Originally published March 5 2015
Rate of deadly, drug-resistant superbug infections at U.S. hospitals surges
by L.J. Devon, Staff Writer
(NaturalNews) Pharmacies give away antibiotics out their drive-thru window like Tootsie Rolls being tossed out in a parade. Doctors prescribe this candy medicine like it's some kind of all-around wonder drug. When we look at the actual science of antibiotics, they turn out to be less of a healing mechanism and more of a destroyer of the immune system. In fact, antibiotics work by destroying bacteria, both the infectious kind and the protective kind.
The commensal bacteria system of the human body is where most of the human immune system lies. These beneficial bacteria species live symbiotically with the human body and are responsible for aiding digestion, protecting the blood and organs from toxins, and helping the body respond to invading pathogens. Antibiotics trample this beautiful colony of healers working inside the body. Over time, a person who takes antibiotics is more prone to infection and other sickness and disease. This is science, and it can also be easily observed.
As the medical establishment tosses antibiotics around in their parade, they not only destroy the immune system of the population but encourage the rapid evolution of the pathogens they are trying to eradicate. In this fight, nature always wins and superbugs are created in the aftermath. We now see superbug outbreaks occurring in hospitals -- the hotbed of immune-compromised people. A recent outbreak at the Cedars-Sinai Medical Center is a perfect example of superbugs outsmarting doctors and the antibiotic-zealous medical system. The Los Angeles hospital reported that four patients were infected with the deadly bacteria and that 67 others may also have been exposed.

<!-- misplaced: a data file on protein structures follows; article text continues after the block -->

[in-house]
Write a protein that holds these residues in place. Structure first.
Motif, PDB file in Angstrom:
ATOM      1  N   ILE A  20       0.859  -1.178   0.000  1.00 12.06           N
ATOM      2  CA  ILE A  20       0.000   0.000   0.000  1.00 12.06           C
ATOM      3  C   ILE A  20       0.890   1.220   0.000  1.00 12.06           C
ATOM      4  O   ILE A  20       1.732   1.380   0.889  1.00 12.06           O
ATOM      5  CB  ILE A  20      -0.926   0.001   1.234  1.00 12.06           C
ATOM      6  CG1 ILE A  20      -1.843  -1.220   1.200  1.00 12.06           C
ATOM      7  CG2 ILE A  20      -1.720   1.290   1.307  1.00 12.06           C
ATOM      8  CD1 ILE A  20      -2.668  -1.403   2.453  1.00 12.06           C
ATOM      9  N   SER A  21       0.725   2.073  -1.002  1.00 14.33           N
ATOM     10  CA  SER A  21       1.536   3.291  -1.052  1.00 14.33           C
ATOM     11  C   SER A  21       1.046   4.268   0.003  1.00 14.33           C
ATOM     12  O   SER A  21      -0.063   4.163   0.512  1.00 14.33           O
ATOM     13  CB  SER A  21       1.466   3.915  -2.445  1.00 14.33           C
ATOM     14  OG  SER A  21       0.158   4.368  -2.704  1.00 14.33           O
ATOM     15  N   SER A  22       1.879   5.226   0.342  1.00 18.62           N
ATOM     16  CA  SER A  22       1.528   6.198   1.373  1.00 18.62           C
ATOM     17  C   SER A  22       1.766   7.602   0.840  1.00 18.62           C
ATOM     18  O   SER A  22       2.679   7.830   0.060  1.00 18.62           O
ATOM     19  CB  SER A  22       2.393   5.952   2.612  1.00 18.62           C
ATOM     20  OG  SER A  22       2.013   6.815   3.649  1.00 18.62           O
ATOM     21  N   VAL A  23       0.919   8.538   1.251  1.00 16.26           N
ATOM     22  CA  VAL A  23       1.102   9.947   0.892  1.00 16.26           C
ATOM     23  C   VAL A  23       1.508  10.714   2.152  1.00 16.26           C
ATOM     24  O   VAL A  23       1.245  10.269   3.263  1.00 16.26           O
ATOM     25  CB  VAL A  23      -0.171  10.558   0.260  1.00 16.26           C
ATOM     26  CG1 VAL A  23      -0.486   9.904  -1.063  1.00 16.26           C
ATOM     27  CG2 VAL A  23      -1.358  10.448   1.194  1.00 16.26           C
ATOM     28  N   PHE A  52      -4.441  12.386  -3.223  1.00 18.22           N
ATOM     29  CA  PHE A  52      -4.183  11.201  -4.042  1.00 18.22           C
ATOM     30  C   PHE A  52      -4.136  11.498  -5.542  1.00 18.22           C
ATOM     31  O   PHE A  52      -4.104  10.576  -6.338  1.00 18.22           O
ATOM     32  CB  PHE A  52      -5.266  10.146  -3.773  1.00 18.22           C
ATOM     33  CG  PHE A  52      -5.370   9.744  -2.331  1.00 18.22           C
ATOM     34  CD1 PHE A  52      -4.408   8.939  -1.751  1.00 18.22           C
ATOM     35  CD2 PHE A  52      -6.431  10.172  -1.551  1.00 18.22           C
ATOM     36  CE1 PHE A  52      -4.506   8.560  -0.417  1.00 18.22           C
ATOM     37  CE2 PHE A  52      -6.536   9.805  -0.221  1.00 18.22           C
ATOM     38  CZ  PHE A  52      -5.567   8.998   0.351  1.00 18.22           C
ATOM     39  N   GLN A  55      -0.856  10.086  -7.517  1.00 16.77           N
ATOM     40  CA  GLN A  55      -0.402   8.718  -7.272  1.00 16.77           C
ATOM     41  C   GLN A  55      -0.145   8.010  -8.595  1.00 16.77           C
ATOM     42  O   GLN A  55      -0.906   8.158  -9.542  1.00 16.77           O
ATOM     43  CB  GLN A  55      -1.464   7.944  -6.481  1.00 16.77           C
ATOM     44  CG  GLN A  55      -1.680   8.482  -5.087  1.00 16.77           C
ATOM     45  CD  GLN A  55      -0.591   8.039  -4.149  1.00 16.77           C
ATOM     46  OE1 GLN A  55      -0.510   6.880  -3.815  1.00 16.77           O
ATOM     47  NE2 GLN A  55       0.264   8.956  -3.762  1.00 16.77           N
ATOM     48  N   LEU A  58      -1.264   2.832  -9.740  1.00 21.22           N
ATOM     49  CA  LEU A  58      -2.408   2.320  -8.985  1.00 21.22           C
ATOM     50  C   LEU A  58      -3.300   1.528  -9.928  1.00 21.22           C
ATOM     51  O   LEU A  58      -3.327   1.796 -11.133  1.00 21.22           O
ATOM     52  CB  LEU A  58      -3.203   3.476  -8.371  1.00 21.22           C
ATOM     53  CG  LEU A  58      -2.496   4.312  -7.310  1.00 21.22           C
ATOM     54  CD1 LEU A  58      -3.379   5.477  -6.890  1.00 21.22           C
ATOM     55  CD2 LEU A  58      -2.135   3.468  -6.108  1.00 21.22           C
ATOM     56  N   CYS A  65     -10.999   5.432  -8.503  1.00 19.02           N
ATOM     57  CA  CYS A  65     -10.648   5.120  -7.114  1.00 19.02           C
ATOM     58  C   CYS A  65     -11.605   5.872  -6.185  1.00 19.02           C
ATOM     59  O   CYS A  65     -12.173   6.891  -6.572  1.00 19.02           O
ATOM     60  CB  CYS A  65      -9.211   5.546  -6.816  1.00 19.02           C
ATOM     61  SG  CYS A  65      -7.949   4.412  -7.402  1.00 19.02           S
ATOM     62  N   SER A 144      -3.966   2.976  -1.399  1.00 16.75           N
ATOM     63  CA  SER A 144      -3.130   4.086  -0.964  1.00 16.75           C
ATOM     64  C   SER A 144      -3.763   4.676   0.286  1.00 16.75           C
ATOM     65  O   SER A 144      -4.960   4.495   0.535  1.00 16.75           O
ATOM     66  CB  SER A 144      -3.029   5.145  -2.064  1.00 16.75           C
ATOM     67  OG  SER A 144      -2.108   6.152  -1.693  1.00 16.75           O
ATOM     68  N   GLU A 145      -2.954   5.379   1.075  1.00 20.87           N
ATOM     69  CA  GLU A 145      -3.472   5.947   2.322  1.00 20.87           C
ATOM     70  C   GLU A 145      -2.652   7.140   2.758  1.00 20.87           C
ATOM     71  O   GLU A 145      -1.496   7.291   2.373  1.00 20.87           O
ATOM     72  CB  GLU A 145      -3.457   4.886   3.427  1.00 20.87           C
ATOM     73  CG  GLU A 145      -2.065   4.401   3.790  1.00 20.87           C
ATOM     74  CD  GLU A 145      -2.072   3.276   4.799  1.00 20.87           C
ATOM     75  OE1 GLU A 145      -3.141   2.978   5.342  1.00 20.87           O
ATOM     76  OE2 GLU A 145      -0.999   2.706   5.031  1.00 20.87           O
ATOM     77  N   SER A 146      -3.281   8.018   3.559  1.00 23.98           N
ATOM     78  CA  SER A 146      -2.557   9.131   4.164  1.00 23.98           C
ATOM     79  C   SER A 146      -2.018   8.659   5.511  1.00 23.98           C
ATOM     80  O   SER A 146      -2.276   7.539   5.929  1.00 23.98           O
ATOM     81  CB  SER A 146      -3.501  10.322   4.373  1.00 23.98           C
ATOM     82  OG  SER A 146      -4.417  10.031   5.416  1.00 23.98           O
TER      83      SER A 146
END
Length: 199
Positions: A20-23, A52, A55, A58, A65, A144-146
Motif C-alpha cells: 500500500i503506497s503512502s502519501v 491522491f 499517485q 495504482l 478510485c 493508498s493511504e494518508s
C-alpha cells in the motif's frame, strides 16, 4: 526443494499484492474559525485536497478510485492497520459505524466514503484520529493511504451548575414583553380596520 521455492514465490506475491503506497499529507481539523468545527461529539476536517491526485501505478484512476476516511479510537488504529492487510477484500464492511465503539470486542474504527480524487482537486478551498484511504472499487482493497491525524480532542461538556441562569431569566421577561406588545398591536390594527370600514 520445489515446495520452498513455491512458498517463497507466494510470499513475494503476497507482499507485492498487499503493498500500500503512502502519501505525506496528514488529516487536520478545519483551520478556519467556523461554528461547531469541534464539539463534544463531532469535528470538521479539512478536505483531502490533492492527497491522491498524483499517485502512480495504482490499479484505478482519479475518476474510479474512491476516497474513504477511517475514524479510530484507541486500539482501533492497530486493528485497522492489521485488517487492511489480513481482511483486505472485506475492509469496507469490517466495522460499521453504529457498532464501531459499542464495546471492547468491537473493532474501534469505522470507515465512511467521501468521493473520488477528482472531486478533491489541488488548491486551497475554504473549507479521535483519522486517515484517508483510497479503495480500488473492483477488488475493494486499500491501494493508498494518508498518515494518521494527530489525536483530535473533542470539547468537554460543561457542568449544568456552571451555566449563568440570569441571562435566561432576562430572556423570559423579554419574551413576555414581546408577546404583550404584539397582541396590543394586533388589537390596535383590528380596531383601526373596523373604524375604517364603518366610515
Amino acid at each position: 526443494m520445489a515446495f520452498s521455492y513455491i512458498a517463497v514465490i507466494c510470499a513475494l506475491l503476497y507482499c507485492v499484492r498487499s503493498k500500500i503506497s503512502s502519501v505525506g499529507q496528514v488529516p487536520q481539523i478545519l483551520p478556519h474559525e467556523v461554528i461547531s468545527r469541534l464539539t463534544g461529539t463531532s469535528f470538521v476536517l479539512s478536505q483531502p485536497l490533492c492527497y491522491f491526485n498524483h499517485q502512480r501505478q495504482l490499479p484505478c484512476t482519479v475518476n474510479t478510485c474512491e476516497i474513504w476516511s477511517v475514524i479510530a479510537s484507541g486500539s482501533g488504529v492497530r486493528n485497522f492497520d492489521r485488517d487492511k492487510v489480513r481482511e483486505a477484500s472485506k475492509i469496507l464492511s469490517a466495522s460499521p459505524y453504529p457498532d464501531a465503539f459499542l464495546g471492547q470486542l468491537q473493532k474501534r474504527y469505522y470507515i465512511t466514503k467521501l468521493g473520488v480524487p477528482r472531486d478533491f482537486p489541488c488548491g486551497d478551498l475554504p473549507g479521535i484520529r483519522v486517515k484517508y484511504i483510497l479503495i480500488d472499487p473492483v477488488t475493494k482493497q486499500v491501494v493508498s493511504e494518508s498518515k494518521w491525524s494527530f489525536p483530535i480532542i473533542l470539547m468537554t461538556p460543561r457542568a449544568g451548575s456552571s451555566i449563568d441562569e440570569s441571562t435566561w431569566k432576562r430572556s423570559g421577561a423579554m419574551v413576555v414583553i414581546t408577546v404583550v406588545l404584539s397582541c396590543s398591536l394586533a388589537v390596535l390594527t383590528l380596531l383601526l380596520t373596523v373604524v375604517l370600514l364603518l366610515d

A similar outbreak occurred at UCLA's Ronald Reagan Medical Center recently. A superbug infection struck seven and took the lives of two just recently. These outbreaks are literally occurring across the country and going under the radar. The deadly bacteria are especially being spread by a kind of throat endoscope used endoscopic retrograde cholangiopancreatography procedures. The FDA is being called upon to issue warnings about the lack of cleanliness of these medical instruments. However, there is little talk about the unnecessary, dangerous and widespread use of antibiotics that is encouraging these deadly bacteria to take hold. The endoscope designers will likely be blamed for scopes that are difficult to clean.
While lack of cleanliness is a problem at some hospitals, there's still a root, systemic problem the medical system tends to ignore: the overprescription of antibiotics and the absolute ignorance of not protecting patients' commensal bacteria systems living in their bodies. There is a sickening lack of education on the importance of strengthening the good bacteria within the human gut.
The resistant superbug taking hold in hospitals is the carbapenem-resistant Enterobacteriaceae, or CRE. Antibiotics can't stop it. They are only encouraging this monster to grow.
"It's just a little late -- especially for those who got infections and maybe died as a consequence," said Lisa McGiffert, director of the Safe Patient Project at Consumers Union.
"It's highly likely many hospitals around the country have had outbreaks, and they haven't been able to connect the dots until this problem was disclosed at UCLA," she said. The superbug has been shown to kill 50 percent of patients.
A large number of people (around a half million in the US) submit to the potentially unclean endoscope each year. It's used on people who can't diagnose their own digestive tract issues and gall bladder problems. The endoscope is threaded down a person's throat to assure patients of an official diagnosis.
By not trusting one's own body signals, by not responding to health issues with the correct food minerals and nutrients to heal the imbalances in the body, people put themselves at the mercy of a medical system that is a peddler of destructive medicine and a diagnosis-happy machine playing with unclean medical instruments.
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